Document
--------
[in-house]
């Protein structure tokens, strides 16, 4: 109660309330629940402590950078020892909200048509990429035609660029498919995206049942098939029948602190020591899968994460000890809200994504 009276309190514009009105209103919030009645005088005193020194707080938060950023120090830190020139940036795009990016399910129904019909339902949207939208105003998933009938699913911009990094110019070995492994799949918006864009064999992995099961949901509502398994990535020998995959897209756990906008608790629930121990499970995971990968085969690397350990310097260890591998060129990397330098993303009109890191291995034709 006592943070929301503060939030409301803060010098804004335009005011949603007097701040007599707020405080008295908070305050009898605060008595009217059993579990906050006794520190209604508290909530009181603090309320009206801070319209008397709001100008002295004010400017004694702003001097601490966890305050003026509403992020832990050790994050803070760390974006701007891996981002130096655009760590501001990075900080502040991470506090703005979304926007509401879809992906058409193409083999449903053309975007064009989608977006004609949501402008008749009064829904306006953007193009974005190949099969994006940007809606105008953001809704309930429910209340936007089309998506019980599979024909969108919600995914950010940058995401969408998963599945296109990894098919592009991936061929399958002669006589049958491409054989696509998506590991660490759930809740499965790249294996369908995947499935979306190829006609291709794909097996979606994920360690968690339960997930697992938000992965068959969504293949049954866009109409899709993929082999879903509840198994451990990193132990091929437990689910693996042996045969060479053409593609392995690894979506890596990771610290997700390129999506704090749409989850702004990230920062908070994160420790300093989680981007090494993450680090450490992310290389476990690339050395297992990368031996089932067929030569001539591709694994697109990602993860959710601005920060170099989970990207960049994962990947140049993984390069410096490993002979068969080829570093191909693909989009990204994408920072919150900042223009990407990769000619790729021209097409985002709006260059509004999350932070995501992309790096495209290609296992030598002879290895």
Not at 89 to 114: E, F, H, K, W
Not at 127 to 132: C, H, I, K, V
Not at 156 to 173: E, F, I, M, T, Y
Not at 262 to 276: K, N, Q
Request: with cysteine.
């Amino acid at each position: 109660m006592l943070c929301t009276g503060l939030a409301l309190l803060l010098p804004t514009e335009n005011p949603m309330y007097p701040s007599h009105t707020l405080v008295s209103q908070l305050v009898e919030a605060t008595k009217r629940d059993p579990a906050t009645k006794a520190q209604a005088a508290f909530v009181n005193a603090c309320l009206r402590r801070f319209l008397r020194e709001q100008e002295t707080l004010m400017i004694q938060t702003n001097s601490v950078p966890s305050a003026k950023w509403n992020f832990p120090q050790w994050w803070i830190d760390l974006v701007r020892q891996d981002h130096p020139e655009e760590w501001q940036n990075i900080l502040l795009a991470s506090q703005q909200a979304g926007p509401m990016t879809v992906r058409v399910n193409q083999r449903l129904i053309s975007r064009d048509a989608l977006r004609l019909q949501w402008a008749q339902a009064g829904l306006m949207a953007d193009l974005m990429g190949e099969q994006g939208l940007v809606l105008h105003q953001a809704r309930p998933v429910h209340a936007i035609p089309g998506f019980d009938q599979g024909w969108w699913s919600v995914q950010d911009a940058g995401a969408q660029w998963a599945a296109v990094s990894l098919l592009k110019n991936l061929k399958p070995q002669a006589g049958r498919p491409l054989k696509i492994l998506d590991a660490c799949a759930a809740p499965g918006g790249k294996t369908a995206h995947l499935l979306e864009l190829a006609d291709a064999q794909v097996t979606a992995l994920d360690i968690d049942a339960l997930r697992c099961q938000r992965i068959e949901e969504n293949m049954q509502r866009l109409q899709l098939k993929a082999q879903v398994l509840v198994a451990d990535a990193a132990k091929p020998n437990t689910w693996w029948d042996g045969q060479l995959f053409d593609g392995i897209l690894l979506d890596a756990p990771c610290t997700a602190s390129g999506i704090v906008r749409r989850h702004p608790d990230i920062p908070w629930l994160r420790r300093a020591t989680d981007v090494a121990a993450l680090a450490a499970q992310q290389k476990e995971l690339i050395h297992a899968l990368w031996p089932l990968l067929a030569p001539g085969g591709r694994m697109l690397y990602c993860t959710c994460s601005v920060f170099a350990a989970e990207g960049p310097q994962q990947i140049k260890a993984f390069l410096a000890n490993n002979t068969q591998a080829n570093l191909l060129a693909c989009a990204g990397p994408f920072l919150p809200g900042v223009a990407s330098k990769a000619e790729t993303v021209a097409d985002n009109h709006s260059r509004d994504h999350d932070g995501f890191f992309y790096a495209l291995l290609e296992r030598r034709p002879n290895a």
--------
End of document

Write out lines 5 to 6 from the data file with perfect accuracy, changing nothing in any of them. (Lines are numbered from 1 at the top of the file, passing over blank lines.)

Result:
Not at 156 to 173: E, F, I, M, T, Y
Not at 262 to 276: K, N, Q